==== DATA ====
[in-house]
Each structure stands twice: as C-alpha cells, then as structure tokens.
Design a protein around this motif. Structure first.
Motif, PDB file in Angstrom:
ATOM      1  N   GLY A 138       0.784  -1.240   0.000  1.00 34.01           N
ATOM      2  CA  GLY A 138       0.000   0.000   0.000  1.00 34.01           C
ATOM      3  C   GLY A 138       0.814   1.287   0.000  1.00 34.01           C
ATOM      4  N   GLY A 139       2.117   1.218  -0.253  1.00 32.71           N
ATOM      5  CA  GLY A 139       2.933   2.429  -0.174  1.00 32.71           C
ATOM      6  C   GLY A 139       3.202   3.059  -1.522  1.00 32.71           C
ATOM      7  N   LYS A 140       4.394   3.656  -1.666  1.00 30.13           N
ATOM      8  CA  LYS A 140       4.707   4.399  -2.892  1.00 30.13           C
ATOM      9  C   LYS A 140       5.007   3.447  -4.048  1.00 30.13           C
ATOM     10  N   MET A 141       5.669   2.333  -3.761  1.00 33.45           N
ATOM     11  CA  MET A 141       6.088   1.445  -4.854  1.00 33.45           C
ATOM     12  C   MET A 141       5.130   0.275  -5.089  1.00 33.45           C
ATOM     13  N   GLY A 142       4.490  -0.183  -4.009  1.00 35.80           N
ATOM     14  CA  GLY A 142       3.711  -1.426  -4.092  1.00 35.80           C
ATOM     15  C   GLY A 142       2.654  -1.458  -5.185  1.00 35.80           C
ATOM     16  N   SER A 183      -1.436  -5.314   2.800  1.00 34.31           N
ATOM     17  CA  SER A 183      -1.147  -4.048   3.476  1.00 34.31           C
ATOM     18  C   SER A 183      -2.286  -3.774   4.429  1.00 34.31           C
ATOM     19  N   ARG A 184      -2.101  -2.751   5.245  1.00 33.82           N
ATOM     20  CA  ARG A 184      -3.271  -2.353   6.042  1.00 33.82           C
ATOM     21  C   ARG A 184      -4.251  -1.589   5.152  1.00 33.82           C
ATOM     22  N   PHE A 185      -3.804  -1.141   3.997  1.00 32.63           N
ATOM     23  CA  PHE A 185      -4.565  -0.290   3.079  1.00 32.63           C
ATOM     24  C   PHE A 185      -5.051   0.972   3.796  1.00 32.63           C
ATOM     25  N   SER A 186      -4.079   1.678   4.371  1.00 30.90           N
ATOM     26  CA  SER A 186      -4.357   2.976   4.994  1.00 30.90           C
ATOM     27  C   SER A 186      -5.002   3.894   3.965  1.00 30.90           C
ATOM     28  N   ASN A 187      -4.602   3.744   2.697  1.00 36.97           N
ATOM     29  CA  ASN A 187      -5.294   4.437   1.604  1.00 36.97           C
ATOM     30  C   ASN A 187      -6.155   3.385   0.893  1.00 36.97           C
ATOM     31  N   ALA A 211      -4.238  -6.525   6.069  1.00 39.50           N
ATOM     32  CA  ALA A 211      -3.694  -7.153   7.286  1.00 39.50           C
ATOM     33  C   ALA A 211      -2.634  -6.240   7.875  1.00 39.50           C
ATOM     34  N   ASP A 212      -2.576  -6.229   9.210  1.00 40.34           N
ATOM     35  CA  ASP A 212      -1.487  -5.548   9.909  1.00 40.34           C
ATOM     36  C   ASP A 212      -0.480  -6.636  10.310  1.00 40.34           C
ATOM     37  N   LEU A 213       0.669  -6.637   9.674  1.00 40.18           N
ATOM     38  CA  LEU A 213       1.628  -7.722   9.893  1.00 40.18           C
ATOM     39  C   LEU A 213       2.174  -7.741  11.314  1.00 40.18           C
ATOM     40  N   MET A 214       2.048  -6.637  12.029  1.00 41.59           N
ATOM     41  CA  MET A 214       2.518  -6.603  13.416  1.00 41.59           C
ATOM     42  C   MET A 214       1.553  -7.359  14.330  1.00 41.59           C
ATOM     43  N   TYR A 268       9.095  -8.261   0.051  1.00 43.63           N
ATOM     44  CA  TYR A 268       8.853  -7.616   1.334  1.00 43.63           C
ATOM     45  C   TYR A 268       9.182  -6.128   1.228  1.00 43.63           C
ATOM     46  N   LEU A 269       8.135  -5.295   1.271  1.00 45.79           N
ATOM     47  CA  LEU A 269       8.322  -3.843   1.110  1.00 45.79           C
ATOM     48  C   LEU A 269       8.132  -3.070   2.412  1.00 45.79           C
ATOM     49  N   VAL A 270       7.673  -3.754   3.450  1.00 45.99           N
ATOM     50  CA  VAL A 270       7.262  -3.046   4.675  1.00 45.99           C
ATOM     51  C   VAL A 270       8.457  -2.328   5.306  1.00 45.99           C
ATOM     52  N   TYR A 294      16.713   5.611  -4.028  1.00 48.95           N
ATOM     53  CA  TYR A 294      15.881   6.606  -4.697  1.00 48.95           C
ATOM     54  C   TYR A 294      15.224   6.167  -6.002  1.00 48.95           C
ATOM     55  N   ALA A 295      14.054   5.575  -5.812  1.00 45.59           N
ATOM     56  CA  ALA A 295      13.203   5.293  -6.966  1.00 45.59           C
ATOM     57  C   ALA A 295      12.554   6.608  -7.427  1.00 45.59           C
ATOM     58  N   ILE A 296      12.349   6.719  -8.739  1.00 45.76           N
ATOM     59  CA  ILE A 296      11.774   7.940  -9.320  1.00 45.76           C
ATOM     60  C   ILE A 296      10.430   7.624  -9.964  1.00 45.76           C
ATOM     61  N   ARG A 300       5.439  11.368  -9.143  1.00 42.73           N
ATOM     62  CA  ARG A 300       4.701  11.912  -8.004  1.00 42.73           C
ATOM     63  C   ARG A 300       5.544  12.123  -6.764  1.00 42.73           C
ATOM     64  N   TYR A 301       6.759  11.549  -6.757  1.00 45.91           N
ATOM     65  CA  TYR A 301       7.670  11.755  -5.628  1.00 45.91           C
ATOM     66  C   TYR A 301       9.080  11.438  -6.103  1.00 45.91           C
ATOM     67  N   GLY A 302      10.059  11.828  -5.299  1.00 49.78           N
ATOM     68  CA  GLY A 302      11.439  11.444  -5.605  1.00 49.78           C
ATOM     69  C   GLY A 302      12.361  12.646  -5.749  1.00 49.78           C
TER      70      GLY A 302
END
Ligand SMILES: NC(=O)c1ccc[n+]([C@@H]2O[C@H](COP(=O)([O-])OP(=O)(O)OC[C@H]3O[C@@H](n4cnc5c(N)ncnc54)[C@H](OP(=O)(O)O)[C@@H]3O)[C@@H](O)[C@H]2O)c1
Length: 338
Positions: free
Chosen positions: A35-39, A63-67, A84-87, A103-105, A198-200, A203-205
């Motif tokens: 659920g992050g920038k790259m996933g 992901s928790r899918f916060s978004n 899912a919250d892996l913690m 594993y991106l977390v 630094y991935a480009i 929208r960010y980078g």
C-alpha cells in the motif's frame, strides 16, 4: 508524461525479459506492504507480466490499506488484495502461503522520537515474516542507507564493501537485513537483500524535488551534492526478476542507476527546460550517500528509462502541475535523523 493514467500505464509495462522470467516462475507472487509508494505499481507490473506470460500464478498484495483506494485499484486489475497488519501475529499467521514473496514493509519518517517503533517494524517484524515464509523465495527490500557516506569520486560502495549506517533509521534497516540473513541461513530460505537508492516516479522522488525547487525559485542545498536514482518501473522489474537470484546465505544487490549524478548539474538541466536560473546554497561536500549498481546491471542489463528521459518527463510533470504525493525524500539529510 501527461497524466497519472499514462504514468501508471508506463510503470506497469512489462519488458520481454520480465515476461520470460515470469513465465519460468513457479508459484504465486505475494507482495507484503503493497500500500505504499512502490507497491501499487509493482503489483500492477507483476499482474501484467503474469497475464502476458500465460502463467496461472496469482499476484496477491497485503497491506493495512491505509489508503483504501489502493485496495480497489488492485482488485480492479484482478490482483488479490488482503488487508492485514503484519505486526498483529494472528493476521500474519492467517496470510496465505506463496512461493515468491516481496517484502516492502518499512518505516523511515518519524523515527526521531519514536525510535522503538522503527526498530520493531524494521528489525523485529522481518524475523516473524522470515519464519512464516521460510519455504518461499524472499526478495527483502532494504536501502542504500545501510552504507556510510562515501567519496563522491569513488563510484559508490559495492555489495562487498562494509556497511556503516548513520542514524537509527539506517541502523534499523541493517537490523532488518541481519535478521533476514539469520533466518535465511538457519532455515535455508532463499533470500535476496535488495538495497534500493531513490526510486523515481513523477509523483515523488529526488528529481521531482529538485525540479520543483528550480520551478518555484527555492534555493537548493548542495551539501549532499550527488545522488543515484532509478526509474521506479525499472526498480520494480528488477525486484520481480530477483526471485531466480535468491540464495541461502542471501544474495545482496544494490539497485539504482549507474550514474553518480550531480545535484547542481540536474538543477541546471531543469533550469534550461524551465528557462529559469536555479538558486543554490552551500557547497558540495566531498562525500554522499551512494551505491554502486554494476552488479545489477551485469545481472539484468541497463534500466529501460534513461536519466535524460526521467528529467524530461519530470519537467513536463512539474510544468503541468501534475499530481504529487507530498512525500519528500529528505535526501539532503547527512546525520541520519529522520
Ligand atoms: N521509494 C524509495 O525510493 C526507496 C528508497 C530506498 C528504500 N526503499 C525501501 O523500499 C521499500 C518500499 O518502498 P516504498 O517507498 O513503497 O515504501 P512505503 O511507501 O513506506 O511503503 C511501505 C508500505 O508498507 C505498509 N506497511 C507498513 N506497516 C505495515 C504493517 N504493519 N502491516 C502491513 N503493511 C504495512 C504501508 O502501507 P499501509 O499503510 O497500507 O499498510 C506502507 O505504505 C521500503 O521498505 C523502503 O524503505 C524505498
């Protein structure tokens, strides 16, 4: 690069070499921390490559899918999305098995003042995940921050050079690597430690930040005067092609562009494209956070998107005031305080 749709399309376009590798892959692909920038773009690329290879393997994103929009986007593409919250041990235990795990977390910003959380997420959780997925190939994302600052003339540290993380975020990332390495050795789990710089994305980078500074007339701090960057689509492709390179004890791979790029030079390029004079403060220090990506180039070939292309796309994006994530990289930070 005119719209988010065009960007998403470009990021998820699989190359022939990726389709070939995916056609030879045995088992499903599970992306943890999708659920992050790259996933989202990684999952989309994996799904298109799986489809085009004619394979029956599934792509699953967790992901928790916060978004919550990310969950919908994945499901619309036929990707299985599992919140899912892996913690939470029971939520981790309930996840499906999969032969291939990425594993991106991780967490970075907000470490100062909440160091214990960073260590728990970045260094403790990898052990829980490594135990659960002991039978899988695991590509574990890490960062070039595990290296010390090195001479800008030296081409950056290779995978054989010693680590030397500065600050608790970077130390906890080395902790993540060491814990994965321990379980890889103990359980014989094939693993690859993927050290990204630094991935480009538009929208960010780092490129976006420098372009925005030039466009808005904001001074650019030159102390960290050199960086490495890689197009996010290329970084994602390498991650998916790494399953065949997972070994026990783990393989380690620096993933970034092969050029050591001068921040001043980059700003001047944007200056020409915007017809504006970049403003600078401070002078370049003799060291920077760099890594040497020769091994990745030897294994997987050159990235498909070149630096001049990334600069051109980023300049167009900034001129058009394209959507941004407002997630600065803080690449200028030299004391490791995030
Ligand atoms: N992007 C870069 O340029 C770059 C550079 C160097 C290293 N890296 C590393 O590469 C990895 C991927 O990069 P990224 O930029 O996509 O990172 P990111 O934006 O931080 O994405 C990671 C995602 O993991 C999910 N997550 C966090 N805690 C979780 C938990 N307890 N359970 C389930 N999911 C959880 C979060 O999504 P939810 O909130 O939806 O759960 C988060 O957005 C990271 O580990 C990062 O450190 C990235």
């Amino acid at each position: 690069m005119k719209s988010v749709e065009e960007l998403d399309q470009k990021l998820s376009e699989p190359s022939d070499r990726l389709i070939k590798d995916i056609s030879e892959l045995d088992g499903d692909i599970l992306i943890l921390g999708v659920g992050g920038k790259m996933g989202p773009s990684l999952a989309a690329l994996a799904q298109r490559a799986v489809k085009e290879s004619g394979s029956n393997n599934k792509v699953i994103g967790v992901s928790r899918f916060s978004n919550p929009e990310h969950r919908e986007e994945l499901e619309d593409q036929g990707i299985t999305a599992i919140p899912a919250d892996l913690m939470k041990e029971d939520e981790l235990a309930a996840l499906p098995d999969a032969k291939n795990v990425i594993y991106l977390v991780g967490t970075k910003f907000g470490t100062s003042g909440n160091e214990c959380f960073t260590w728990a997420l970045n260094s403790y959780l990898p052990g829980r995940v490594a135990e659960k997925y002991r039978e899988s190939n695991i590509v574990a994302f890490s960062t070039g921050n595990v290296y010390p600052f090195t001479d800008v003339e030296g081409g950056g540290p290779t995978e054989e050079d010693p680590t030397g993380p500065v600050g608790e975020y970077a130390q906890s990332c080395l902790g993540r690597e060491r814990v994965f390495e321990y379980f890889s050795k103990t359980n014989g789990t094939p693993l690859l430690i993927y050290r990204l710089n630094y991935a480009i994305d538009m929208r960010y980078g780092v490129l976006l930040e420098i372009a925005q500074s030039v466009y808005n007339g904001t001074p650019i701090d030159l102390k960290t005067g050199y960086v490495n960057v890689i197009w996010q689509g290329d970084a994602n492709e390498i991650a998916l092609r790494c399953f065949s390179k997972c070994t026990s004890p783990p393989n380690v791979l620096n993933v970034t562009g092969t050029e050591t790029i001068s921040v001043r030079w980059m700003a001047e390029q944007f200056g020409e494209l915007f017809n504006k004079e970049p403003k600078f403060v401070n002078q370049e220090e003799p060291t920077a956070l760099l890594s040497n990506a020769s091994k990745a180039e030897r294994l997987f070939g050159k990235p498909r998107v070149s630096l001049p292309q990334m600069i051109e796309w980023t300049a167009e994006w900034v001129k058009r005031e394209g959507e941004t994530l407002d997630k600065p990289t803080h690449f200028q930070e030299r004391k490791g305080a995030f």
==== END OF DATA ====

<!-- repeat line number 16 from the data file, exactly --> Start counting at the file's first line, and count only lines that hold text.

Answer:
ATOM     12  C   MET A 141       5.130   0.275  -5.089  1.00 33.45           C